But wait – is this always the way to go? Consider Story Number Two. This past weekend I was facilitating a fantastic group of multi-racial, progressive political and policy leaders in Philadelphia. At one point we were talking about the classic “message box” used in most political campaigns to clarify the central message and differentiate between two candidates. I was recounting an electoral race I’d been involved in where the two candidates were seen by the media as being virtually identical in several ways. “They both rode their bikes everywhere and advocated for sustainable transportation,” I explained. “They were both successful business leaders, middle-upper class, and both were athletic, environmentally progressive, white and good-looking.”

Afterward, Joan*, one of the participants asked if we could speak privately in a break. “Suzanne,” she said, “I’m curious. Why did you mention their race at all? And why did you describe them as ‘good-looking whites’?” There was a lot to unpack in those two simple questions, as we discovered.  First, from her perspective – and she was a white woman married to an African-American – it was klunky and unnecessary of me to mention that they were white at all. Secondly, she felt I was playing into racial bias by implying that white men were generally better-looking. Whoah! How did I imply that?  Who even thinks that? Again, I found myself blind to the automatic assumptions or networks of associations of at least some of my participants might have.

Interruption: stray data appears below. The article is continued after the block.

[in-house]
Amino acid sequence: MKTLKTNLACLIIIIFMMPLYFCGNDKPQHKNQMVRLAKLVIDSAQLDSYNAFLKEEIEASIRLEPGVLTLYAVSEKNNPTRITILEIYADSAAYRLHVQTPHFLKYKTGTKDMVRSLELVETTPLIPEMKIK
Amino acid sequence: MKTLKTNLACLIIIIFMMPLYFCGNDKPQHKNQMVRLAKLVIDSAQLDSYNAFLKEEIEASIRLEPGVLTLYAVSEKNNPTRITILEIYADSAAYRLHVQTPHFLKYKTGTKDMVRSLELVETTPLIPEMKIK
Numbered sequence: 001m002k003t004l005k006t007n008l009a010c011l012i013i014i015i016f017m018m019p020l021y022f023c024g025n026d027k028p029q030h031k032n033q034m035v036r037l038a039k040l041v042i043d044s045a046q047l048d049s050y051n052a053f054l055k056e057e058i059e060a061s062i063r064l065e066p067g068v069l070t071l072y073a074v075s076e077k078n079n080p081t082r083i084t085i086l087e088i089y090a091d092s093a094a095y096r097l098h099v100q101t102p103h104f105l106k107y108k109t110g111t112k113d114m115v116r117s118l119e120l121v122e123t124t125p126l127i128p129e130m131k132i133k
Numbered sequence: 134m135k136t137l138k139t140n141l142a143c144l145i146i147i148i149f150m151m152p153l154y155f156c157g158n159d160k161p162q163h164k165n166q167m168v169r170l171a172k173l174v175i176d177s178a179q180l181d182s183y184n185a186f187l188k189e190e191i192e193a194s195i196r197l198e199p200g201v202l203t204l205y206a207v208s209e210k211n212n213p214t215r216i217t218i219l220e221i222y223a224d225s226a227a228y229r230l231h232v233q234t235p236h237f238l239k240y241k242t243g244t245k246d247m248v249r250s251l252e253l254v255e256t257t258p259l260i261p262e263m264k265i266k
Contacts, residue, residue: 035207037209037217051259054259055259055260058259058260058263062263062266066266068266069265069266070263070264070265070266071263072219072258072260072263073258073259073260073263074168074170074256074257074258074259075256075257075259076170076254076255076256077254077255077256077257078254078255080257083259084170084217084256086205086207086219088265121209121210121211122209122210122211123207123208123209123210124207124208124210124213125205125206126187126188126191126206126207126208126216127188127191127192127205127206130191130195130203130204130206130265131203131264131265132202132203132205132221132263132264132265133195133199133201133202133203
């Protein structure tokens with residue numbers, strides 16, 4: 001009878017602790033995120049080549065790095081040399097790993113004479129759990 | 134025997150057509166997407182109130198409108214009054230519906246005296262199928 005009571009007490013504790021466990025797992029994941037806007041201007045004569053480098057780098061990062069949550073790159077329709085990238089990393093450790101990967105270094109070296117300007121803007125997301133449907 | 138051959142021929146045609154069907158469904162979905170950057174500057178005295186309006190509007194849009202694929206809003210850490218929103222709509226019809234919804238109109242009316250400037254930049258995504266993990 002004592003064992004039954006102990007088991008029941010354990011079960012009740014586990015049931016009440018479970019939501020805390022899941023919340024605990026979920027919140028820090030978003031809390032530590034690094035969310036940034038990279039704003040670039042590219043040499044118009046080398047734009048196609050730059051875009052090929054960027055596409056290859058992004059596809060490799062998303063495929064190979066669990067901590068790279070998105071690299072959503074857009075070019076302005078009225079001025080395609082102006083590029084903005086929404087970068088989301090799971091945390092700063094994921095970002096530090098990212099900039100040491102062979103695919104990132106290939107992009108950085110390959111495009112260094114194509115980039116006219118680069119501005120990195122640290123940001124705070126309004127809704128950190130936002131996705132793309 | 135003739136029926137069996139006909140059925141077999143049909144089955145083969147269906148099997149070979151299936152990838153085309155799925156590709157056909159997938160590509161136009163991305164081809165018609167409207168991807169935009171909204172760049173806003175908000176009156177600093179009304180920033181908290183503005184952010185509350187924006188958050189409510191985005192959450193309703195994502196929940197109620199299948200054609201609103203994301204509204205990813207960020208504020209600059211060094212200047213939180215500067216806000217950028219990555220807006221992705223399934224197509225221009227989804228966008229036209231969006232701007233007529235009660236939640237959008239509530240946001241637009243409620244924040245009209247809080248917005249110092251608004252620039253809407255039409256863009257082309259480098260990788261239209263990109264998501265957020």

Once gain, I found myself back squarely in the “flummoxed” box.

After I’d explained the crack-addict story that had led me to start noting race, Joan suggested that next time I might consider separating adjectives like “white” and “good-looking” in time and space – maybe slip another adjective in between them – to ensure the people don’t fill-in-the-associations. It’s another idea I’ll add to my growing ‘language toolbox’ when it feels appropriate.